After Senator Hannah-Beth Jackson, D-Santa Barbara, announced last Thursday that the Senate Judiciary Committee will do away with gendered pronouns in its written rules, her statements generated controversy and confusion over whether uttering the pronouns “he and “she” would be allowed during committee meetings.
For her first order of business, Ms. Jackson, the committee’s chair, said the pronouns “he” and “she” would be removed from the committee’s rules in order to comply with the state’s recognition of the “nonbinary” gender designation. Instead, they would be merged into a phrase she admitted that “my grammar teacher would have had a heart attack over.”
“We are using the phrase ‘they,’ and replacing other designations so that it’s a gender-neutral designation,” she said.
California Family Council produced a YouTube video of the meeting titled “CA state senator bans gendered pronouns, but then violates her own rules over and over.” The video shows Ms. Jackson’s announcement, followed by several instances of her using gendered pronouns throughout the meeting.
Ms. Jackson’s office issued a statement to the News-Press asserting that these “minor changes” to the committee’s bylaws had been taken out of context and misinterpreted.
“It does not ban the use of gendered pronouns in any way.
“It simply makes our bylaws clearer and more consistent going forth,” it read.
California Family Council director of capital engagement Greg Burt, who said he was at last Thursday’s meeting, called the senator’s words “confusing” due to some of her other statements.
“If you listen to what she says, she corrected one of the senators for referring to her as ‘she,'” he said.
Ms. Jackson did correct Senator Bill Monning, D-Carmel.
“I appreciate Senator Monning observing that the chair is ‘she,’ but in the spirit of gender neutrality for the rules in this committee, it now designates the chair as ‘they,” she said. The senator then referred back to her grammar teacher, who “is long gone, and I won’t be hearing from her.” Those in attendance then interjected and Ms. Jackson corrected herself, “from them, from they!”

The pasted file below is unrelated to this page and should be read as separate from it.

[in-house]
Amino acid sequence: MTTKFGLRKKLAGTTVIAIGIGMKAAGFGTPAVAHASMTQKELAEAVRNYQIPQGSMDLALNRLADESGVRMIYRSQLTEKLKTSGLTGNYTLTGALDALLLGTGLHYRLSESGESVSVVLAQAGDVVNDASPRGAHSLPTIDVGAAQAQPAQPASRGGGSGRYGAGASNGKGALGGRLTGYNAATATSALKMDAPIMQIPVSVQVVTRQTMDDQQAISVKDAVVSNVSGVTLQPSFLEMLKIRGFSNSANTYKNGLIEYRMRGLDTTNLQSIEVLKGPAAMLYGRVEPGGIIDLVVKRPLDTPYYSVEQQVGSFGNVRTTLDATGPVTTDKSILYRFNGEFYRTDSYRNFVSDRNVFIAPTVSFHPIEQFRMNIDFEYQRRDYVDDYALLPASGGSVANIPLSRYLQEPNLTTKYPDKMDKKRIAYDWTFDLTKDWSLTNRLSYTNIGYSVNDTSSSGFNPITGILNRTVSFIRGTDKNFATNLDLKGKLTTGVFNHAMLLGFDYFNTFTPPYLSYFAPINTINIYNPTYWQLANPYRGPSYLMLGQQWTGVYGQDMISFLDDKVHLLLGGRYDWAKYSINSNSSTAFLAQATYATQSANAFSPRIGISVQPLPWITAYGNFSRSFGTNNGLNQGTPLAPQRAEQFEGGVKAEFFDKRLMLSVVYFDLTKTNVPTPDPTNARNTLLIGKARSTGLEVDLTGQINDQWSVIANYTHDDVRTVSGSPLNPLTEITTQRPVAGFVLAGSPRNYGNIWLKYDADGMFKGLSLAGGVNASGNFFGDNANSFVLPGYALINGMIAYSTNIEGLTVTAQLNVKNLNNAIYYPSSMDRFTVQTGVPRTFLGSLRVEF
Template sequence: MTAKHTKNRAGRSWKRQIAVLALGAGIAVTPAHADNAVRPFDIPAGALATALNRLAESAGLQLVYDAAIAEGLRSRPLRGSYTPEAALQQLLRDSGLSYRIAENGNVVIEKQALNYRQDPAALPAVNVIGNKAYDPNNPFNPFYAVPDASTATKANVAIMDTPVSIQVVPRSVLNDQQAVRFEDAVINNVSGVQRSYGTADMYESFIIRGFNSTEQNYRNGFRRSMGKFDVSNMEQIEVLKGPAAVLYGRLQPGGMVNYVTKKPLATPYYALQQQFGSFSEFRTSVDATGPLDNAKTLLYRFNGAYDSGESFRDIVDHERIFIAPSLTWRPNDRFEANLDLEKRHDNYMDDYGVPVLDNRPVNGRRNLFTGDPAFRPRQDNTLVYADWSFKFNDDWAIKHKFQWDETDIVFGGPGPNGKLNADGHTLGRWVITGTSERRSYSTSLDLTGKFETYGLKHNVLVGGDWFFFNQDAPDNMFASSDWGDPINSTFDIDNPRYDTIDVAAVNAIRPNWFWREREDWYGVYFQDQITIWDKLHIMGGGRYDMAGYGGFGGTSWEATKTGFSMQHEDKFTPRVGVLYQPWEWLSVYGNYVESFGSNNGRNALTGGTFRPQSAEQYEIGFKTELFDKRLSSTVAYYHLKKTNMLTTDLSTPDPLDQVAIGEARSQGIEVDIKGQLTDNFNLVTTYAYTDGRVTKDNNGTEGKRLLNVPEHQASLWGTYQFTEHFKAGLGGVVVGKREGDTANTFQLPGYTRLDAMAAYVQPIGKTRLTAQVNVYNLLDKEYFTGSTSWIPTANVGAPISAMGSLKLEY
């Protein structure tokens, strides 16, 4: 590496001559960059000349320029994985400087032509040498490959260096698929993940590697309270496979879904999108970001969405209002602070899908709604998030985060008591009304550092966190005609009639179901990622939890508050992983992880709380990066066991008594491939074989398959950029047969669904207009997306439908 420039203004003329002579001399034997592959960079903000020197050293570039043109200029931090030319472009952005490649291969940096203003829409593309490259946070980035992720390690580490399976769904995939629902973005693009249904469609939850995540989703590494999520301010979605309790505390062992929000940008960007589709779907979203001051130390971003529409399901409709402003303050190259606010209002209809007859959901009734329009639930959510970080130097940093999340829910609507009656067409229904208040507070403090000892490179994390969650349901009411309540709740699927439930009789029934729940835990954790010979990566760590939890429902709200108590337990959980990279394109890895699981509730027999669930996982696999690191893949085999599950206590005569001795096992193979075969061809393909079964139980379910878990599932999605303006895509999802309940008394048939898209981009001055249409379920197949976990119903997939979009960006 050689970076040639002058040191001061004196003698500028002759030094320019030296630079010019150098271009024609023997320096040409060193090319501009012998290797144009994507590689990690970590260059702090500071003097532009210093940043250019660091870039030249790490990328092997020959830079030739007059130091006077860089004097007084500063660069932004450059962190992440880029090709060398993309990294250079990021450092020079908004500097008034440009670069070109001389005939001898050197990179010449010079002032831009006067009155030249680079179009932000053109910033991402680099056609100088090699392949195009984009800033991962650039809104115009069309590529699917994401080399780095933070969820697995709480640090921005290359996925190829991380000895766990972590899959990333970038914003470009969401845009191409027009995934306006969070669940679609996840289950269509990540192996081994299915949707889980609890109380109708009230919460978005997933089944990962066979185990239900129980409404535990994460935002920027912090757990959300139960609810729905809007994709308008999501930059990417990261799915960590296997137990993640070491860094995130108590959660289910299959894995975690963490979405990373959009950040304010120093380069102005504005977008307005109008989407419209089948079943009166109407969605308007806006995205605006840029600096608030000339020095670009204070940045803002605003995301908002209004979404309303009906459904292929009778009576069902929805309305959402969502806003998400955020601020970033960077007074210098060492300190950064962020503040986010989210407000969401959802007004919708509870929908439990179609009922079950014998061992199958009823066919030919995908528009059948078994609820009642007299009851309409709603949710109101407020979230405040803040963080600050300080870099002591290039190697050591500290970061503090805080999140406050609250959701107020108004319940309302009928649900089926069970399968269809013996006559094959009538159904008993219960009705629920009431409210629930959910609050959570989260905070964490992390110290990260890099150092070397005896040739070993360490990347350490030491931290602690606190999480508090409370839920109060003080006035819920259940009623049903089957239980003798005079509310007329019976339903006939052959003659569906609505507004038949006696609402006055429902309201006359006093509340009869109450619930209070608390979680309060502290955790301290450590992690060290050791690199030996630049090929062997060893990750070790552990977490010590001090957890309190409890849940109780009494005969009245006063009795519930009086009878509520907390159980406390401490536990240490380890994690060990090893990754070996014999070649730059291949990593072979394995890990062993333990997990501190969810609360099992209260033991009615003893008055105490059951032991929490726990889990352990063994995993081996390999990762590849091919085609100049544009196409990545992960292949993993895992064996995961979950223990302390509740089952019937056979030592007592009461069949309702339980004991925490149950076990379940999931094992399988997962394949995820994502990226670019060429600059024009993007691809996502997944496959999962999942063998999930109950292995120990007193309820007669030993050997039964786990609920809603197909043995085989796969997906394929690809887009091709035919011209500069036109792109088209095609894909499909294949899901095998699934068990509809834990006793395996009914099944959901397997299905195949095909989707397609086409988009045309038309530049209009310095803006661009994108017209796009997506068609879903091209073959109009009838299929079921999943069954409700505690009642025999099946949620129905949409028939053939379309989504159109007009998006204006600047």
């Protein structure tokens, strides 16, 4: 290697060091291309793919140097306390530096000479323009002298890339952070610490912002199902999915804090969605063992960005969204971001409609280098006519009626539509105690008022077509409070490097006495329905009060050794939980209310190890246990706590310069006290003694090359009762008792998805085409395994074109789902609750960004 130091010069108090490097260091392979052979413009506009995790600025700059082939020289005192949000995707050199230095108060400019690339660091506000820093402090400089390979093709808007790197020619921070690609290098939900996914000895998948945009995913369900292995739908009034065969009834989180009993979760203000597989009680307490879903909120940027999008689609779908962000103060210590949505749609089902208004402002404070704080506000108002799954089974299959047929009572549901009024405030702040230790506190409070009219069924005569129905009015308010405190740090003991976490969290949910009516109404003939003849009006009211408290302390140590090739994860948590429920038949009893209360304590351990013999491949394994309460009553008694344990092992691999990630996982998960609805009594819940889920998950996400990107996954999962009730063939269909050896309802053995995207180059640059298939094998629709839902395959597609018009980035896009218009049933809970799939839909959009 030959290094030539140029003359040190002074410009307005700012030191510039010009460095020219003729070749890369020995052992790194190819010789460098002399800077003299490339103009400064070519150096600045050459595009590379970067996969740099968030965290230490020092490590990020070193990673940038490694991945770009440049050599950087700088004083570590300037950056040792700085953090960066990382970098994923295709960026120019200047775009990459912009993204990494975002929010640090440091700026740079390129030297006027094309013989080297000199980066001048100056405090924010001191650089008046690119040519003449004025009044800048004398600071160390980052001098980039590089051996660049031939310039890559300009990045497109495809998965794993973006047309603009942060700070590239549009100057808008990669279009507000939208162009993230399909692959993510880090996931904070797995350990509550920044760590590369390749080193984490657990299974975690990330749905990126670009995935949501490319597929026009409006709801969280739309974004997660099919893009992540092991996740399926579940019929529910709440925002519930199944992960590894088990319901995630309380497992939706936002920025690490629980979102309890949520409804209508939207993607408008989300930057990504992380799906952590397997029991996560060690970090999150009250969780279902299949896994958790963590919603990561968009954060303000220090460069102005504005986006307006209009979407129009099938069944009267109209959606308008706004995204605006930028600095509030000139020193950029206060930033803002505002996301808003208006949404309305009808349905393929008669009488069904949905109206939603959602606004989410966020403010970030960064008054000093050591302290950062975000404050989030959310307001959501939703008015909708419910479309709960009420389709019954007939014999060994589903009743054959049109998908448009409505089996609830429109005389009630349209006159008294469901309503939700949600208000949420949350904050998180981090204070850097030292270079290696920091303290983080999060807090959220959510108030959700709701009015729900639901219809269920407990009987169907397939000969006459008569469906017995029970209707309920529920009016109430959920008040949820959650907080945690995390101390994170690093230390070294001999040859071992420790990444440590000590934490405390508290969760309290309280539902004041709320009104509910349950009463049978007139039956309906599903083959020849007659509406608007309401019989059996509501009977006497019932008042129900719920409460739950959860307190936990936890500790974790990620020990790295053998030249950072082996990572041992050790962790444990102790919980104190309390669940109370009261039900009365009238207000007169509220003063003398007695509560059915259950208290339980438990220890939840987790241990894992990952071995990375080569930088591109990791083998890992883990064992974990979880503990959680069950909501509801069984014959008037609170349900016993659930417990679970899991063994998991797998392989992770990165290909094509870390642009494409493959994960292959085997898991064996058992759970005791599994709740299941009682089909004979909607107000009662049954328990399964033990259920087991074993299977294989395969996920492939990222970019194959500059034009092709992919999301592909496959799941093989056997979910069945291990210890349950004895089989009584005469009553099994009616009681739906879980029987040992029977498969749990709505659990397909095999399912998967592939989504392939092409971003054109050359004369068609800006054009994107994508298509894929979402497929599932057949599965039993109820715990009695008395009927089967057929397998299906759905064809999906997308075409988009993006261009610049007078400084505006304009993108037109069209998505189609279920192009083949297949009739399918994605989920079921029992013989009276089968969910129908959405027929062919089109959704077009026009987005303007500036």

Not only that, but she finished by telling the meeting’s attendees, “for any of you who may hear from an old grammar teacher, blame it on me.”
Mr. Burt objected to the idea of people being forced use gender-neutral pronouns when addressing the committee.
“She can’t force them on other people and believe in free speech,” he said.
In a clarifying statement Ms. Jackson told the News-Press the public will not have to be bothered by replacing every “he” and “she” with “they” when addressing the board. The pronoun “they,” she said, is to be used in the committee’s written documentation to make the inclusion of the nonbinary designation’s shorter and easier.
“It’s just to make it easier than to say ‘he, she, they,’ for everything,” she said.
Santa Barbara Transgender Advocacy Network board president Koreen Pagano was pleased with this change and said “raising awareness of how commonly we already use gender neutral they/them pronouns when we don’t know someone’s gender is a good thing.”
UCSB health equity advocate and SBTAN board member Han Koehle said that although the change of language is a “great first step,” it’s ultimately less a “crucial civil rights victory and more a small, necessary piece of linguistic housekeeping” to ensure that those that those who fall under the nonbinary category are not linguistically excluded in the state’s written laws.
Koehle, who chooses to go by the pronoun “they,” added that the transgender community has greater issues than the absence of gender-neutral language in state documents.
“It’s a good idea to update pronouns in legal language, but we’re still trying to get healthcare, education, and bathrooms,” Koehle said.